The Death of Big Bird
The new budget from President Donald Trump apparently seeks to cut all federal funding from National Public Radio (NPR), the National Endowment for the Arts, Corporation for Public Broadcasting and reduces funding for the EPA.
The Left, in general, is seething although they seem to have reached a state of indignation overload. Those on the Right old enough can recall memories from the 1980s when Newt Gingrich (the Left just called him "Grinch") sought to cut funding as well. The howl thus produced in outrage balked Newt's attempt to strike down the icon of five and six year olds everywhere.
It also reminded me of a sketch on the long gone "You Can't Do That on Television" show on Nickelodeon on which the redoubtable cigar chewing Barth, the school cook, was asked what they would be serving at the Big Bird Celebrity Banquet. Much to the dismay of the kids, he proudly wheeled out a well-roasted Big Bird as the "dinner." One of the children lamented, "awwh I wanted his autograph!"
Well, Big Bird didn't die then, and he won't die now. The Sesame Street gang may be less visible these days on public television, but they are all over cable and satellite. It isn't the ‘80s anymore.
Back in those cold hearted days of Ronald Reagan, there was programming on cable and broadcast television, but the choices were nothing like the Internet and satellite provides today to viewers. The need for choice and diverse programming to far rural areas is pretty much a thing of the past.
As a result the public outcry over proposed cuts in funding for public television and NPR will probably be limited to those voters who are still weeping over the election of President Trump. Their outrage will be mostly based on political opportunism and won’t be genuine. They just can't miss the chance to whine over "mean spirited" evil men who would dare to attack Big Bird.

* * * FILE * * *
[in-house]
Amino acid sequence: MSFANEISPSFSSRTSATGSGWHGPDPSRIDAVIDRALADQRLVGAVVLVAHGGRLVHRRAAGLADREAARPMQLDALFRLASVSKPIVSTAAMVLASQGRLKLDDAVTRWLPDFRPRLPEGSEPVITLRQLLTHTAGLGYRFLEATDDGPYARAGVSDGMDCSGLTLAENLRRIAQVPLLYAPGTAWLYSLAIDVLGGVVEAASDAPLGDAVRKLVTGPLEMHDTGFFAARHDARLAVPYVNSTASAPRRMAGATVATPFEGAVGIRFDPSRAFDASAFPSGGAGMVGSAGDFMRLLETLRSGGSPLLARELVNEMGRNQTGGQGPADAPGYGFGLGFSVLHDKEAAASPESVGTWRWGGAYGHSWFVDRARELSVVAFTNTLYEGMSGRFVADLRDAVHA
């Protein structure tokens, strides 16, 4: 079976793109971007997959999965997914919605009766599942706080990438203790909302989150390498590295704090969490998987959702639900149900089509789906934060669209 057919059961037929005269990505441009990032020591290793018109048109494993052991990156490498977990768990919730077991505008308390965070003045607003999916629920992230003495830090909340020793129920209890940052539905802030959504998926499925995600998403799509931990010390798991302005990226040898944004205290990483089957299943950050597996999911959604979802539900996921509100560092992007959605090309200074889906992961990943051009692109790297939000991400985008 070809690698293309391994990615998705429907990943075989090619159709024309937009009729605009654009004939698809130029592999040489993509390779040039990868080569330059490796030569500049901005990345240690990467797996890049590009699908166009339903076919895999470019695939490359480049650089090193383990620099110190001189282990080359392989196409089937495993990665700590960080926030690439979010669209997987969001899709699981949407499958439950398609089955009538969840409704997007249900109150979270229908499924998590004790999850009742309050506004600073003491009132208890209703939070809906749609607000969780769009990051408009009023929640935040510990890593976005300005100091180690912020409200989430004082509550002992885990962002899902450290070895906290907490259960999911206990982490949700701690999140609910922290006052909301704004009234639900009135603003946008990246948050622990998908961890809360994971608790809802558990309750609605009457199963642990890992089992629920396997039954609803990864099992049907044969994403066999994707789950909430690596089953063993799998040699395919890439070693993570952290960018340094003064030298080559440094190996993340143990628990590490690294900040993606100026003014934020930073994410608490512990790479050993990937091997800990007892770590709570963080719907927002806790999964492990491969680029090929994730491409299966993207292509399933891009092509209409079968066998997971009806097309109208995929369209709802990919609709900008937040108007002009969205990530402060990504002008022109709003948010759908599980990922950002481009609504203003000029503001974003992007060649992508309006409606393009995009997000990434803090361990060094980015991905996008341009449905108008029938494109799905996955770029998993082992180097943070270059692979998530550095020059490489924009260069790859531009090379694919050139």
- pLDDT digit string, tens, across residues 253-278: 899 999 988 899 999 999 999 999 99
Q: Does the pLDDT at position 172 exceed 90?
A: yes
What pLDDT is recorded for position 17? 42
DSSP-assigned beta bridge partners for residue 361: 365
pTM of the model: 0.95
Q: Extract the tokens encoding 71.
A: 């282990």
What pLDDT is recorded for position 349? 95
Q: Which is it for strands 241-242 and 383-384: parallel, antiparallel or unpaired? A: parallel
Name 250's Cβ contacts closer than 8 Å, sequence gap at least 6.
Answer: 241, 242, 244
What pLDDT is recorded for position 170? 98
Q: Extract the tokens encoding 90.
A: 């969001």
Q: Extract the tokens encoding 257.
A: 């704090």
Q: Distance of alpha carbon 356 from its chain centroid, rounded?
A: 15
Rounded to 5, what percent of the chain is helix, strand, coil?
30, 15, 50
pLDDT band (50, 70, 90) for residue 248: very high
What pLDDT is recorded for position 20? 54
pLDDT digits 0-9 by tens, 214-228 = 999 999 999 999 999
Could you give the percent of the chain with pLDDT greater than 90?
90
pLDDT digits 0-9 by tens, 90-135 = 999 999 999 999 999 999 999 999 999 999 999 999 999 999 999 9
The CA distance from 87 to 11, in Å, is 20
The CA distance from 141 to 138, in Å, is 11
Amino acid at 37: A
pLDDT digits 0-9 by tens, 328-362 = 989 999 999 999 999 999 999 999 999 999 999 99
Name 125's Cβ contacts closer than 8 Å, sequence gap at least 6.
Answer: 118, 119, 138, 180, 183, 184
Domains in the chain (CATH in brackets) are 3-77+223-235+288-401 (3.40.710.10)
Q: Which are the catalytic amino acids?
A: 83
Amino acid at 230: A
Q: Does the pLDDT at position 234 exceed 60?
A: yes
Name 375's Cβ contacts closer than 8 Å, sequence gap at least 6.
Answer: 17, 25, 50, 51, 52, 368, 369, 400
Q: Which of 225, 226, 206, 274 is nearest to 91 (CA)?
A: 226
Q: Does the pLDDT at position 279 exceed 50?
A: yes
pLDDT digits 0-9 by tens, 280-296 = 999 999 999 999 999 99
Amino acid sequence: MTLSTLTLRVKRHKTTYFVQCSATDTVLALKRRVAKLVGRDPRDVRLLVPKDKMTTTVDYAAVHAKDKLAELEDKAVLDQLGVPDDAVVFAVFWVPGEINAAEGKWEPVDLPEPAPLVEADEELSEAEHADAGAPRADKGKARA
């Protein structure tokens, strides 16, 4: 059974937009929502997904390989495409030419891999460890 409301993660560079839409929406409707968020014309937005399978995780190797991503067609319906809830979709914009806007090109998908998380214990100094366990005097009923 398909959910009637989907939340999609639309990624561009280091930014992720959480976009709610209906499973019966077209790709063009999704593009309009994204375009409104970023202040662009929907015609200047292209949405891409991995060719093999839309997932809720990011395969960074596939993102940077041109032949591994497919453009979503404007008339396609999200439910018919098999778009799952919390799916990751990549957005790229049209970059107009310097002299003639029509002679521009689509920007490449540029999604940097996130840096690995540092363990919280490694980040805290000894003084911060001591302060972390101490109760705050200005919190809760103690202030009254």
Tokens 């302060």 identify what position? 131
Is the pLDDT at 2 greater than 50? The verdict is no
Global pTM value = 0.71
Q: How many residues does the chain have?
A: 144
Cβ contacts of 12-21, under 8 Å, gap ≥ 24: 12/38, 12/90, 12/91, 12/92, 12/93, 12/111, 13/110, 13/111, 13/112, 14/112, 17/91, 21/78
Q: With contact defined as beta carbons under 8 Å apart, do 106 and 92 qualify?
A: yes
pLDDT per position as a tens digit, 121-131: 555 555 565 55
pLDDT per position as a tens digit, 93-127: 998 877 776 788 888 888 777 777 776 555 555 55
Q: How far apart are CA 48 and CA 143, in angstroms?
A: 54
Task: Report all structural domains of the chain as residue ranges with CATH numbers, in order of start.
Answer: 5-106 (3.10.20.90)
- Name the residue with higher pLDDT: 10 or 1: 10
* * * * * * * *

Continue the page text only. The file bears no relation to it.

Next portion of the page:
On the Right there have been cheers over NPR, commonly referred to as National Peoples Radio, being defunded. This has always been a bastion of progressive thought and bias. Calling it "National" gave it the stamp of authority and has been a thorn in the side of those right of center for decades.
Defunding it throws red meat to the GOP base but will undoubtedly draw sneers from some, such as Sen. John McCain (R. AZ), and other allegedly Republican elected officials. I am sure some excellent people are in fear over cuts that will threaten their jobs, but the Trump base will not have much sympathy for that as they have watched layoffs, plant closings and salary stagnation for the last 20 years.
Once again this is a clash of cultures. Urbanized progressives, and those who live in "flyover country," do not see the same reality. The viewpoints of NPR which were progressively leftist in the ‘80s and early ‘90s are on steroids now at places like MSNBC, CNN and other legacy media places. They cannot understand how Fox News, with its (in their opinion) false news and skewed viewpoints, are growing in market share and audience while reality TV (i.e.: legacy media) is failing.
I doubt that anyone who has raised children in the last 20 years really dislikes Big Bird. It is true that the program was endlessly preaching good "liberal" values but never created the loathing that a certain purple dinosaur inspired.
At a Frederick Keys baseball game years ago, the San Diego Chicken appeared, and in his act attacked and beat up a facsimile Barney to the cheers of those in the audience. He got sued for that and eventually won; apparently the judicial system also hated him.
Big Bird will survive, maybe without federal funding, but he will continue on reruns, cable, satellite and Internet to reflect the wonder and curiosity about the world that all young children share.
I don't think the tall yellow bird ever shouted down, insulted or disparaged anyone. That is one lesson that still deserves to be taught these days, even if it is only on reruns.